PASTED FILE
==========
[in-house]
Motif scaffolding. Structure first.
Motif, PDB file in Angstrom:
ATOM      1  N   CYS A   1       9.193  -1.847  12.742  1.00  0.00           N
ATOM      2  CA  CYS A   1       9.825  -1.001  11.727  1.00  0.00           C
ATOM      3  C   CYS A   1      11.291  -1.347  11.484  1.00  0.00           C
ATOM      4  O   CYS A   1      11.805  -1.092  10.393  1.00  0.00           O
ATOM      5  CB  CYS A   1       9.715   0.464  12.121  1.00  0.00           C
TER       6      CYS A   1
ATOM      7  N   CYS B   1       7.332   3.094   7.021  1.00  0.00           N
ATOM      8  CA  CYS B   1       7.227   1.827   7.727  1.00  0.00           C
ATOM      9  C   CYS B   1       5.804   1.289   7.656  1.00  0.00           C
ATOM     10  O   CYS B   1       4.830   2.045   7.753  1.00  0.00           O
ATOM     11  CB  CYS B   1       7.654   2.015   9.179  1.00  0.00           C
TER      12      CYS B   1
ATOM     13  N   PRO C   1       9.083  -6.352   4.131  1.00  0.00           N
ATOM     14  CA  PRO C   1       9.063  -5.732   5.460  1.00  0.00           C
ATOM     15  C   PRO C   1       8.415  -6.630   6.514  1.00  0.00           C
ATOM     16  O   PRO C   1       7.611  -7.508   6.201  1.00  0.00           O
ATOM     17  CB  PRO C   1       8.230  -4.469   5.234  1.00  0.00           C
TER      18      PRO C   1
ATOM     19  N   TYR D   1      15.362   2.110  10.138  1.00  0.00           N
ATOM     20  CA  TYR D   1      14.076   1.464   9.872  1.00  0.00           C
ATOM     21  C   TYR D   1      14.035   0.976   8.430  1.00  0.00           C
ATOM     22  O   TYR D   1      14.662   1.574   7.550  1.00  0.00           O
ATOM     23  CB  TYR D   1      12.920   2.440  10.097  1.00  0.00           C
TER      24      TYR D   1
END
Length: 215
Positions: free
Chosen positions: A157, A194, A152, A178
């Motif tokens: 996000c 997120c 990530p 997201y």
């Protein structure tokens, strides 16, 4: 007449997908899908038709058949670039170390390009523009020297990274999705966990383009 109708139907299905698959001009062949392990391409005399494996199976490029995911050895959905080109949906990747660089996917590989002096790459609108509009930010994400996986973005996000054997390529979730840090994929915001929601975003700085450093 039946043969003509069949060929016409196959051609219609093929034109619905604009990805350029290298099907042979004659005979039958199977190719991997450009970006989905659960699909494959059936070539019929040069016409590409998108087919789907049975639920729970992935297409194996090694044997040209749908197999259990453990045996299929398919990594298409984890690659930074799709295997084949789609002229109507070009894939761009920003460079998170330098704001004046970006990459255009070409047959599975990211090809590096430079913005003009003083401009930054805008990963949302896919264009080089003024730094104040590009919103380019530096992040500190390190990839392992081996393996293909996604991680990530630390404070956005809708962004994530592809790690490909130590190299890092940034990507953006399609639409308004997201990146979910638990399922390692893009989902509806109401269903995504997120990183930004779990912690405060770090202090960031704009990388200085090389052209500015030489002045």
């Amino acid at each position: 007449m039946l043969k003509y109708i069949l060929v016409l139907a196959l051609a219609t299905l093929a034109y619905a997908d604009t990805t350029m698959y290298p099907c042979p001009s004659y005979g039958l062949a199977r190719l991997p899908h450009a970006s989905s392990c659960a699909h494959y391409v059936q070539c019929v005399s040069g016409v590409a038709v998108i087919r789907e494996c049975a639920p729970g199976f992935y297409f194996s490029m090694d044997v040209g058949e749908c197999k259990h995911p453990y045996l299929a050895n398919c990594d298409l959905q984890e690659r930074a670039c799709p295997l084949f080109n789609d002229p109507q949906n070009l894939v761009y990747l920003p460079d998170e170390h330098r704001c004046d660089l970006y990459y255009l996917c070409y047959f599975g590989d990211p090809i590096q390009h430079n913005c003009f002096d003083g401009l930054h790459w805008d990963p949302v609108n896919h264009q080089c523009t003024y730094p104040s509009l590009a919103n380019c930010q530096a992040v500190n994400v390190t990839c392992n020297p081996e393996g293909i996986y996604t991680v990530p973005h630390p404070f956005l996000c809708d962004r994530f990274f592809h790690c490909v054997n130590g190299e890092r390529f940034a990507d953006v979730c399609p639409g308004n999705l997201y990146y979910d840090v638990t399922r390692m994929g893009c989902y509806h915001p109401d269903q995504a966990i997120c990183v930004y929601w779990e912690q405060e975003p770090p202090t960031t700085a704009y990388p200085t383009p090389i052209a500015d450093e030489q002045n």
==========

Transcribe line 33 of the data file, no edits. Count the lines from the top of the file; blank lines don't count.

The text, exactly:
């Protein structure tokens, strides 16, 4: 007449997908899908038709058949670039170390390009523009020297990274999705966990383009 109708139907299905698959001009062949392990391409005399494996199976490029995911050895959905080109949906990747660089996917590989002096790459609108509009930010994400996986973005996000054997390529979730840090994929915001929601975003700085450093 039946043969003509069949060929016409196959051609219609093929034109619905604009990805350029290298099907042979004659005979039958199977190719991997450009970006989905659960699909494959059936070539019929040069016409590409998108087919789907049975639920729970992935297409194996090694044997040209749908197999259990453990045996299929398919990594298409984890690659930074799709295997084949789609002229109507070009894939761009920003460079998170330098704001004046970006990459255009070409047959599975990211090809590096430079913005003009003083401009930054805008990963949302896919264009080089003024730094104040590009919103380019530096992040500190390190990839392992081996393996293909996604991680990530630390404070956005809708962004994530592809790690490909130590190299890092940034990507953006399609639409308004997201990146979910638990399922390692893009989902509806109401269903995504997120990183930004779990912690405060770090202090960031704009990388200085090389052209500015030489002045």